News / Africa

Niger Kidnappings Show Emboldened Reach of al-Qaida

Relatives leave the funeral of Vincent Delory and Antoine De Leocour in Linselles, northern France, 17 Jan 2011
Relatives leave the funeral of Vincent Delory and Antoine De Leocour in Linselles, northern France, 17 Jan 2011
Julia Ritchey

Funerals have been held in France for two Frenchmen kidnapped in Niger this month and later found dead following a failed rescue attempt by French and Nigerien military forces. The terrorist group, al-Qaida in the Islamic Maghreb, has claimed responsibility for the kidnappings. Security analysts say the kidnappings are evidence of the group's expanding operations in the Sahel.

Analysts say the kidnappings of the two Frenchmen from a busy restaurant in Niger's capital on January 7 was a bold move by al-Qaida in the Islamic Maghreb.

J. Peter Pham is a Sahel security analyst and senior vice president of the National Committee on American Foreign Policy. He says the kidnappings are consistent with a trend that's been going on for the last year and a half.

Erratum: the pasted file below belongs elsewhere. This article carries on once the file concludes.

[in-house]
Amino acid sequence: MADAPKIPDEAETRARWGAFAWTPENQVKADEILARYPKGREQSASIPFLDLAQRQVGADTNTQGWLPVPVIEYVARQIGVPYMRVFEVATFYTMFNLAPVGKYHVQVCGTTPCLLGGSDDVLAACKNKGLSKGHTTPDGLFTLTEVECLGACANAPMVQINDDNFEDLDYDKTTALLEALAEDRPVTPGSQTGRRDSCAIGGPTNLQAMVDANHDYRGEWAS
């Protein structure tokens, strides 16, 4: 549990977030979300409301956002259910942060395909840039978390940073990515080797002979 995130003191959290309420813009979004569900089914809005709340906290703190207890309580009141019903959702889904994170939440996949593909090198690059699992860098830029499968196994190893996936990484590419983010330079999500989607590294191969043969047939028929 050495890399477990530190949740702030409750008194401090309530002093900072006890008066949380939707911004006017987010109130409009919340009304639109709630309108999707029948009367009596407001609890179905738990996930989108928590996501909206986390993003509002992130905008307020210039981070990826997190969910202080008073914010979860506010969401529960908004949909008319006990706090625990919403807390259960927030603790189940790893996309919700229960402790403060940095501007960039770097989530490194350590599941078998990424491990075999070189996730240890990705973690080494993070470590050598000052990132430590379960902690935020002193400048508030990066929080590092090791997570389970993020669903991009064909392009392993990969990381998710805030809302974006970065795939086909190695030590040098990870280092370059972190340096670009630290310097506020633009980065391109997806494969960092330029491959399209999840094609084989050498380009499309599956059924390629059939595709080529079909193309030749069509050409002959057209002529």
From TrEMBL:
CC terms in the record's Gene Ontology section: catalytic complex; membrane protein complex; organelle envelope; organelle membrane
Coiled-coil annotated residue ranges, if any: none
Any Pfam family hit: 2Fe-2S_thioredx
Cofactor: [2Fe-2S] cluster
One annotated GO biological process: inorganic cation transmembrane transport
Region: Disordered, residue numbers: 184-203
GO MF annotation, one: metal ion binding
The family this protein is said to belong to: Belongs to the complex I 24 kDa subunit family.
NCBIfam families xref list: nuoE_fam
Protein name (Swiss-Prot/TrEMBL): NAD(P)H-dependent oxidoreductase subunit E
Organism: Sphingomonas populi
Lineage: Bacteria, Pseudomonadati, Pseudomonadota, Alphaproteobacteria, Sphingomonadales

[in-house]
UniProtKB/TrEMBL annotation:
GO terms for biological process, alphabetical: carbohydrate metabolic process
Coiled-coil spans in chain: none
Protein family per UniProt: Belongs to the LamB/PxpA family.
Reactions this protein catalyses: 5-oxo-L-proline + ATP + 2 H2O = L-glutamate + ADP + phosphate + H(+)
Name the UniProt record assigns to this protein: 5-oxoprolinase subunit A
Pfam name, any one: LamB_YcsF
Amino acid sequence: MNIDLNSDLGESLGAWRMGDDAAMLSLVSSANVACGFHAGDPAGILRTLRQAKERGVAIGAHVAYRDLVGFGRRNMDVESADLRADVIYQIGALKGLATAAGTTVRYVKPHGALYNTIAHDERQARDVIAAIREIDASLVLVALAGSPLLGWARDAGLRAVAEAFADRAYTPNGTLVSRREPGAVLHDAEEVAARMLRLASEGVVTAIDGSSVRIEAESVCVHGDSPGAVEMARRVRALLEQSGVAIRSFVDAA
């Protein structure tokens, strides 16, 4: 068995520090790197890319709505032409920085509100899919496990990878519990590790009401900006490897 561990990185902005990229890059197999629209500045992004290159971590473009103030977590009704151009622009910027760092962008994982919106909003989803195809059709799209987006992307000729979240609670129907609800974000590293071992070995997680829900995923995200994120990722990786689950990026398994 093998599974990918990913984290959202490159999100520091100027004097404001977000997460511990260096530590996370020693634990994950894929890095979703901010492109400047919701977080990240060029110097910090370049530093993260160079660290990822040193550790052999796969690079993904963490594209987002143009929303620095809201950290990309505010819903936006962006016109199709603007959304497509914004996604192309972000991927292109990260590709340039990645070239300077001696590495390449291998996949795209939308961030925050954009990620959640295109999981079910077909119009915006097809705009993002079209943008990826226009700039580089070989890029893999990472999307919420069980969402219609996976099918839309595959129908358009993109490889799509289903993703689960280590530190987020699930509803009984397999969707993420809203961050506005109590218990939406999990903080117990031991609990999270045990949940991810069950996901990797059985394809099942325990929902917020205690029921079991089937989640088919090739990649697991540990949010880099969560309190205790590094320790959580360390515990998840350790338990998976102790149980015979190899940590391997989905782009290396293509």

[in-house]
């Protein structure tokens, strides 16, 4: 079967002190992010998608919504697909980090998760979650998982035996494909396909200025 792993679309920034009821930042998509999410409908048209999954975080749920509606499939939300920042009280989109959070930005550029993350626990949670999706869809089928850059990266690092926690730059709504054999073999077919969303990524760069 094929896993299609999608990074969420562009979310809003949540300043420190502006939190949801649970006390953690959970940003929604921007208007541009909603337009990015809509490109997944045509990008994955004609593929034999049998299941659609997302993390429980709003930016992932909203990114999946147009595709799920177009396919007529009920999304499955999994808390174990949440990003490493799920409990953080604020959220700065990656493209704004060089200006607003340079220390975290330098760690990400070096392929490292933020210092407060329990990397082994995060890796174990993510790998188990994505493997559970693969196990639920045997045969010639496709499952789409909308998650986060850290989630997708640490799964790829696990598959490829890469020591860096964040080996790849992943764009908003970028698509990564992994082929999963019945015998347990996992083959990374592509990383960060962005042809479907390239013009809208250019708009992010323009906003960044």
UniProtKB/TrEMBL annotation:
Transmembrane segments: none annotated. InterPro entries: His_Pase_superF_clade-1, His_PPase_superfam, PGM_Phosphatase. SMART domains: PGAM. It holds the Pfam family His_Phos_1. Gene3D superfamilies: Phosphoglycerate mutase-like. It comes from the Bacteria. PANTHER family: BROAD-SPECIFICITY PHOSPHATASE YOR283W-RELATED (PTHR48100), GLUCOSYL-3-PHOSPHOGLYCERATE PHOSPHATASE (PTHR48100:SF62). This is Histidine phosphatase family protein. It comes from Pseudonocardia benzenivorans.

“The al-Qaida in Islamic Maghreb operational capacity has been expanded, not because [...] all of a sudden they have gotten a huge number of recruits, but what they are doing with some of the resources that they are getting from the kidnappings and smuggling and other operations is they are plowing some of it back into operations by subcontracting out actual kidnappings and other operations,” Pham said.

Pham says this gives the group the ability to take hostages from places it normally does not operate.

“So it is a vicious circle where ransoms bring them more resources, which bring them more effective operations, more deadly operations, which then cycle back around to more resources,” he added. “So it is a spiral downward here.”

In the case of the two dead Frenchmen, it was the first time hostages have been taken from a capital city instead of more remote regions along the Sahel's porous borders.

Seven other hostages, including five French nationals, one Togolese and one Madagascan, are still being held. They were abducted in September from a French uranium mine in Niger.

France's refusal to pay a ransom and instead engage al-Qaida in the Islamic Maghreb comes with its own risks, though.

Former French ambassador to Senegal and Sahel expert Jean-Christophe Rufin says says there is recognition from France and other countries that criminal and terrorist activity cannot be defeated by military incursions alone. He says France can help these countries react by different means, with development as well, to avoid the proliferation of these terrorist movements.

Pham says an example of this is the U.S.-led military training drills in the region that include a humanitarian component as well as counter-terrorism exercises.

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